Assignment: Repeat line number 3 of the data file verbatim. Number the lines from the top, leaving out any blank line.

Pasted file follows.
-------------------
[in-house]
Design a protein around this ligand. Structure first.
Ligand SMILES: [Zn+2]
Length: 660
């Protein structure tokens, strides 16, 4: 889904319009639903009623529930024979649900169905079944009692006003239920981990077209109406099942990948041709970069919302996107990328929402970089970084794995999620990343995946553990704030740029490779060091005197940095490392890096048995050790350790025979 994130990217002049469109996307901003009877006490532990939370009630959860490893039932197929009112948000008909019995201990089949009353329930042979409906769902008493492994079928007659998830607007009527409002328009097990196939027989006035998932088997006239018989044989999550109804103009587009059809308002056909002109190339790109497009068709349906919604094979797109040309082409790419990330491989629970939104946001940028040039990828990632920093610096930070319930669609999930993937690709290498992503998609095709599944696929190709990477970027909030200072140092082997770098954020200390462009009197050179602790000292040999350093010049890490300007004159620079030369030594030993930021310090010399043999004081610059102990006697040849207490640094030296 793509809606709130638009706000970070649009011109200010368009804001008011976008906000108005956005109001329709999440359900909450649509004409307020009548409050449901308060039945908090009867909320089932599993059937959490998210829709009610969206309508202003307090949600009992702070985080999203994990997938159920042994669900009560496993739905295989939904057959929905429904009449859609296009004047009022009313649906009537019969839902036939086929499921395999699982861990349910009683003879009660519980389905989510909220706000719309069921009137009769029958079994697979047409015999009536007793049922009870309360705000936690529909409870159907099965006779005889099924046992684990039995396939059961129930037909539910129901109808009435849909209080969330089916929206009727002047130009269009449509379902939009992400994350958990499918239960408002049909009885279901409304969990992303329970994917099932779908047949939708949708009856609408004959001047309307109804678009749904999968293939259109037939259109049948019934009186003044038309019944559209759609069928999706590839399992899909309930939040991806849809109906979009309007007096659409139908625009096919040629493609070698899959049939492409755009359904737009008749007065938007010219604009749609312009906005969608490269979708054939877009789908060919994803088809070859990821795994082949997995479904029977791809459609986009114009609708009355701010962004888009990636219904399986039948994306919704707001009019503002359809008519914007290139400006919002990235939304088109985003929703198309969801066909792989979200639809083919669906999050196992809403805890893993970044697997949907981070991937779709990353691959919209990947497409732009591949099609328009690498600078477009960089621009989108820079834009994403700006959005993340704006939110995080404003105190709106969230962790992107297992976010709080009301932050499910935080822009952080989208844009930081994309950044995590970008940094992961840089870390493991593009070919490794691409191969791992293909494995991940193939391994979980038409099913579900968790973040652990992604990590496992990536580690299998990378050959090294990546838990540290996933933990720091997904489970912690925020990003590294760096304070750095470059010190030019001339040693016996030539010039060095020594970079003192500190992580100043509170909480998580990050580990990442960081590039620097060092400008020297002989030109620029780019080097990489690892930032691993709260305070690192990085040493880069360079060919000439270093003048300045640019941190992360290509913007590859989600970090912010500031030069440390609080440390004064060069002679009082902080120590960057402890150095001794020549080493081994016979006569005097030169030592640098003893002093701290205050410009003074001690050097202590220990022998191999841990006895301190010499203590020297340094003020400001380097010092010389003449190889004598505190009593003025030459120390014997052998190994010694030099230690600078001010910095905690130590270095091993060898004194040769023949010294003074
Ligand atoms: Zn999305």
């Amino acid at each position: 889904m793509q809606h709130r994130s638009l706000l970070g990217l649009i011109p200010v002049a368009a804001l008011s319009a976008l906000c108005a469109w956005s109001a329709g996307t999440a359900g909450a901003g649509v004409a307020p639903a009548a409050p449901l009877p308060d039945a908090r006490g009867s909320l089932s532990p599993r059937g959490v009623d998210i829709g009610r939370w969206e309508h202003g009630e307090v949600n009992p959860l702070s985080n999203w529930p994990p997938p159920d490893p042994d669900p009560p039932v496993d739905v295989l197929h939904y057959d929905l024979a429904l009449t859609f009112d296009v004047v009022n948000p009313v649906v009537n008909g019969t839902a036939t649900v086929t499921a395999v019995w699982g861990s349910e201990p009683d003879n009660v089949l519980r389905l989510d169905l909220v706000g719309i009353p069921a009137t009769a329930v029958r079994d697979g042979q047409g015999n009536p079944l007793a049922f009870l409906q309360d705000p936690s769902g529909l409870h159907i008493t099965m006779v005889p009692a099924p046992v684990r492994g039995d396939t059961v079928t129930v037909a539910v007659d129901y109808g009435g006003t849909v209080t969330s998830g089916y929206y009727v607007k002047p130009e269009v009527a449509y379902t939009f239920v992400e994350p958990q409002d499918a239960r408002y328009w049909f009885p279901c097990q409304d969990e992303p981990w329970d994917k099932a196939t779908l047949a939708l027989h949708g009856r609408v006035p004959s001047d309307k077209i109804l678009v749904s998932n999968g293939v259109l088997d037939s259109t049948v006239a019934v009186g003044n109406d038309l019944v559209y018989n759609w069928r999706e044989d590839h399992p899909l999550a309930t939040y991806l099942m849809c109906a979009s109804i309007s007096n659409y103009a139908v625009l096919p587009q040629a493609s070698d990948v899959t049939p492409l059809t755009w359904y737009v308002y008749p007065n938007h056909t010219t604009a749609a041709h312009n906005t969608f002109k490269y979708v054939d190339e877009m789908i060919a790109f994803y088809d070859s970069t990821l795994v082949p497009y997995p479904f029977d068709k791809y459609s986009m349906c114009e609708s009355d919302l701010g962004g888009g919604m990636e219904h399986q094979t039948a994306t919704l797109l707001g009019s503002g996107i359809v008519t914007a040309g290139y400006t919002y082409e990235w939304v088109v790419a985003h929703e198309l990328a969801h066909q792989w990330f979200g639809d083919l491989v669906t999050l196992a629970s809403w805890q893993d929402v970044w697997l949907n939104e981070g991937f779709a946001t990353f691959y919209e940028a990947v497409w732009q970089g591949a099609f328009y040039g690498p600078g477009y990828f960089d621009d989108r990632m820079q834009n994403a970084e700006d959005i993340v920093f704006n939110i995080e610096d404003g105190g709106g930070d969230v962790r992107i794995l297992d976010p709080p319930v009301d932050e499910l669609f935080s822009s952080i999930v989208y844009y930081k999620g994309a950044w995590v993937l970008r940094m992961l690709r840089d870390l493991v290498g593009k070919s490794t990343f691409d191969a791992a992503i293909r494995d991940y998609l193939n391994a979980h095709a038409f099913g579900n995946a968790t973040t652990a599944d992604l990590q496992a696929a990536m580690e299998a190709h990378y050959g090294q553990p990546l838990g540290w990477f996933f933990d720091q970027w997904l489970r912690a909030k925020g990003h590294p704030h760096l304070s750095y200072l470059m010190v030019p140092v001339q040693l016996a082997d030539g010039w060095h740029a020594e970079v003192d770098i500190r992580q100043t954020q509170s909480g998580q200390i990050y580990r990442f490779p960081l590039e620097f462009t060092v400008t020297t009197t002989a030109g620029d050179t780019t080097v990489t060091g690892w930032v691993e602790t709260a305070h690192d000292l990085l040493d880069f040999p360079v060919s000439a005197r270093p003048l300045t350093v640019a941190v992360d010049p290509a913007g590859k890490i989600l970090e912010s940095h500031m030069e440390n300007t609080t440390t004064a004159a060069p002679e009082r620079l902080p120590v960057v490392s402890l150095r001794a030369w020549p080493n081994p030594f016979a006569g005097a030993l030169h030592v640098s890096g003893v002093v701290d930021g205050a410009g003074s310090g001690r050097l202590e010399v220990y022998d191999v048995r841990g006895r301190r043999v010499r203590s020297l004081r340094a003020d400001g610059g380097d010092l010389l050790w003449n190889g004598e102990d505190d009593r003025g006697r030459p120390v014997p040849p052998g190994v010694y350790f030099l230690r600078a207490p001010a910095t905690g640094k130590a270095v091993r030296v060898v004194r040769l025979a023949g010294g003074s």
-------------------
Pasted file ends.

Ligand SMILES: [Zn+2]